Fit After Fifty reviewed a PBS documentary that aired this week, “Money and Medicine”, asking why U.S. health care costs is so expensive. In an interview, producer and director Robert Weisberg discusses the factors driving up health care costs, often with mediocre medical results, while contributing to our national financial crisis.
“ . . . I think there are a lot of drivers. There’s the aging of our population. There’s technologic innovation and explosion. But I think the biggest single driver is our fee-for-service system that rewards volume instead of value and quantity of medical services instead of quality. And as a result, we end up doing a lot of things that cause more harm than benefit for patients.”
“ . . . one of the major innovations we see in places that achieve high-quality outcomes is that they’re involving patients much more in the medical decision-making process. It takes into consideration patient values and preferences and not just the common-practice patterns that are prevalent in the community. When you give patients truly informed choices, they tend to make decisions that involve less invasive and less aggressive care.“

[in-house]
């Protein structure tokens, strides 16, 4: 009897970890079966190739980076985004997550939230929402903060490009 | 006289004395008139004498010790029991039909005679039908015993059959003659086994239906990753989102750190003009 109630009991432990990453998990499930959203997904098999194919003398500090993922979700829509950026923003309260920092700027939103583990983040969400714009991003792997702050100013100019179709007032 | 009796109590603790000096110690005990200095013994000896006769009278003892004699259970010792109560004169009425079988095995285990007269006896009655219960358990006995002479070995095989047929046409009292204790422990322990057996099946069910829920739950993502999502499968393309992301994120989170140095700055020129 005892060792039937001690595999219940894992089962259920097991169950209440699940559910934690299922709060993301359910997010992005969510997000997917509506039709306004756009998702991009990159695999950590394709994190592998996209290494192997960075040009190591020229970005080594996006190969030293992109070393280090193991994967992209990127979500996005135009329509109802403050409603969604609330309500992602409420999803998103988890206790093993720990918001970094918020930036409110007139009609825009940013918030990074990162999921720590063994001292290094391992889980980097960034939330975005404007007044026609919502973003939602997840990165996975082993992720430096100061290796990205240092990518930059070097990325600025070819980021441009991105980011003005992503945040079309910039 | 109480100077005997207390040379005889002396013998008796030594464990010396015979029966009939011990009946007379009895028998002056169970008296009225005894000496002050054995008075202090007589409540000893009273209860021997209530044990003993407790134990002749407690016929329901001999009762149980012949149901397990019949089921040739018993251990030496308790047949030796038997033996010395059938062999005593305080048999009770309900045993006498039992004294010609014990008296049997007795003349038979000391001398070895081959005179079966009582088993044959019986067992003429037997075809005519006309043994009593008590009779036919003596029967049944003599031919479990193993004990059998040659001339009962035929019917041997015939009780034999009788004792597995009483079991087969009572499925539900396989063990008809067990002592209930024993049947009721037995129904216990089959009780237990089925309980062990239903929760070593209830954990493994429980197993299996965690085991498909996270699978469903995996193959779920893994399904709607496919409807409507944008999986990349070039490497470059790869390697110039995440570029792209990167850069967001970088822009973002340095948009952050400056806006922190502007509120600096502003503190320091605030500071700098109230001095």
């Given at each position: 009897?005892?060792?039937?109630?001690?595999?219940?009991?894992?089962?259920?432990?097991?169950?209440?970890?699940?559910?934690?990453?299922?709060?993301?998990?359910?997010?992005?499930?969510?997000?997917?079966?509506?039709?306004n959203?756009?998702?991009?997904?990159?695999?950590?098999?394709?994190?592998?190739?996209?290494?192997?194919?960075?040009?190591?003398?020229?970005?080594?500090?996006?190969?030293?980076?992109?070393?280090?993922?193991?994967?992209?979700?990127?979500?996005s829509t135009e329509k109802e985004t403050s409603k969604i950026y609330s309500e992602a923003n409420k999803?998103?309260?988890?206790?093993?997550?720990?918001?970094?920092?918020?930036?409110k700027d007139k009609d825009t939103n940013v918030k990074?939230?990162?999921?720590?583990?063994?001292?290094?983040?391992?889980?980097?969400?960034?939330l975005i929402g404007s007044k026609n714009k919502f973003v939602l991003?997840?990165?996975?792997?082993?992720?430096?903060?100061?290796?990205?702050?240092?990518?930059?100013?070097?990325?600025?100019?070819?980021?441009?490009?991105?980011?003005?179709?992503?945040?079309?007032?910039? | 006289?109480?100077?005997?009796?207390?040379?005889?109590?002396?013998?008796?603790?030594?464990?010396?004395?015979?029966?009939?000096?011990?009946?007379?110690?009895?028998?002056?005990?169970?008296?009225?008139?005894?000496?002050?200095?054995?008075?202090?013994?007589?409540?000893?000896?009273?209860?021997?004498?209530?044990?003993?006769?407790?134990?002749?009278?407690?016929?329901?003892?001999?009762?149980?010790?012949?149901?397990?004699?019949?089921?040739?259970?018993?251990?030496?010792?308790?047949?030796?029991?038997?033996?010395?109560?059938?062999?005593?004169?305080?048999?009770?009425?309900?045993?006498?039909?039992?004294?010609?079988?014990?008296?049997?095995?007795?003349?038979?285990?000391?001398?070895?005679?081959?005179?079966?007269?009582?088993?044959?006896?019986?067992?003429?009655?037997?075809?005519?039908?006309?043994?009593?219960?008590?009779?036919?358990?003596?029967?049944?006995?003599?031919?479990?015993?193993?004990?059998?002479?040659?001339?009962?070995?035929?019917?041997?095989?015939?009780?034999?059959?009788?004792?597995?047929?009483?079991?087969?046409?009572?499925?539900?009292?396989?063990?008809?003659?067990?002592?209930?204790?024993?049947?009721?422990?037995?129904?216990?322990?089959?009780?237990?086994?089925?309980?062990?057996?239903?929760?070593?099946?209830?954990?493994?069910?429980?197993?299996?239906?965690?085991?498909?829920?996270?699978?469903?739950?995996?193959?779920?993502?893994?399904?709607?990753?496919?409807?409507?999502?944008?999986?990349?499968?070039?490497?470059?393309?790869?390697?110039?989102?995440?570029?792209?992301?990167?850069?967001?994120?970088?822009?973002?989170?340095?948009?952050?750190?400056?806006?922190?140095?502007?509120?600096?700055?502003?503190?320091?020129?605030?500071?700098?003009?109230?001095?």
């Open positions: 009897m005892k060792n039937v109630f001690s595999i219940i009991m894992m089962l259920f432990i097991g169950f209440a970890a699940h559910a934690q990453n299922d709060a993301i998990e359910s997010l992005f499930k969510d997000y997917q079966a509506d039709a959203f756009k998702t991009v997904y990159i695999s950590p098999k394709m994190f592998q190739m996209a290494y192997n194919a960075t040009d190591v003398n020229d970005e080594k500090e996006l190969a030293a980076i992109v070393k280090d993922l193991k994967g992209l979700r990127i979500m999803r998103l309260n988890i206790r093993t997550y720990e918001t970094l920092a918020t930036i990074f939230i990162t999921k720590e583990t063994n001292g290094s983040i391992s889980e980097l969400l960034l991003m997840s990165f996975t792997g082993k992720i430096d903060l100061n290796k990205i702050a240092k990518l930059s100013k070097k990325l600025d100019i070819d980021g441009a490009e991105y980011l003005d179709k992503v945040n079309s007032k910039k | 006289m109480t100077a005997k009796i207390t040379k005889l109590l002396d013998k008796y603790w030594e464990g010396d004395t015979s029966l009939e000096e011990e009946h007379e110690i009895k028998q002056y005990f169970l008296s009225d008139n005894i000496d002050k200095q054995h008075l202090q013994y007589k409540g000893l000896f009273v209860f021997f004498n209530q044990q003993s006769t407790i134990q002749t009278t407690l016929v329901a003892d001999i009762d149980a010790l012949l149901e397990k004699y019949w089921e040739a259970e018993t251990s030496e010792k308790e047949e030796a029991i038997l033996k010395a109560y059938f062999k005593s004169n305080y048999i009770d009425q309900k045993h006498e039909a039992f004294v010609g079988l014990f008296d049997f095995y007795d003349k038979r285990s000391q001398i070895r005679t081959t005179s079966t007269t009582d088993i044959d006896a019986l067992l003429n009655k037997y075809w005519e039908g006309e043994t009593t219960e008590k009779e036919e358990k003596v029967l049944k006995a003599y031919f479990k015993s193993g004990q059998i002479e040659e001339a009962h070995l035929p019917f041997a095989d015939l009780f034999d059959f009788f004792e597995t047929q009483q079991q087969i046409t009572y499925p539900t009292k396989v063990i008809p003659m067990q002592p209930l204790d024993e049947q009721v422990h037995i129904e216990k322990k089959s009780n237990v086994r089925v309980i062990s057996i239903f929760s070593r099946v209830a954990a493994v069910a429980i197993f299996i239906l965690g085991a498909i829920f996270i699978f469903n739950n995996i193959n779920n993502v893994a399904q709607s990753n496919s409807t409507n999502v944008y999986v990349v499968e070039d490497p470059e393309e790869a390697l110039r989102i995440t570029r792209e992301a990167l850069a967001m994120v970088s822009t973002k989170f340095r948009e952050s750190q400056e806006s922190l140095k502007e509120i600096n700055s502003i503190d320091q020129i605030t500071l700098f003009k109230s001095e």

“ . . . And as we look at medical evidence, comparative effectiveness, and outcomes research, we’re discovering that often places that do less have better health outcomes for their patients.”
Read the full interview here, or watch the video below.
Watch Documentary: Why Does U.S. Health Care Cost So Much? on PBS. See more from PBS NewsHour.
Besides giving patients more decision-making control, even moderate levels of fitness contribute substantially to reducing health care costs.
– Medical claim costs were 55% lower among corporate fitness program participants than non-participants over a six year period – an average of $478.61 for participants, versus $869.98 for non-participants at Steelcase Corporation. (The American Journal of Health Promotion, September/October 1991)
– On average, health care claim costs for IBM employees who exercise 1-2 times a week are $350 a year less than those who don’t exercise at all. (BenefitNews.com, March 2006)
– Employees who increased their activity levels from 0-1 times per week to more than 3 times per week reduced their medical claims by an average of $2,202 per year. (Managed Care, 2004)
Clearly, individuals who adopt a fit lifestyle, and who make fully informed decisions about their healthcare, will experience better health overall while reducing spiraling health care costs – not just for themselves but for our nation as a whole.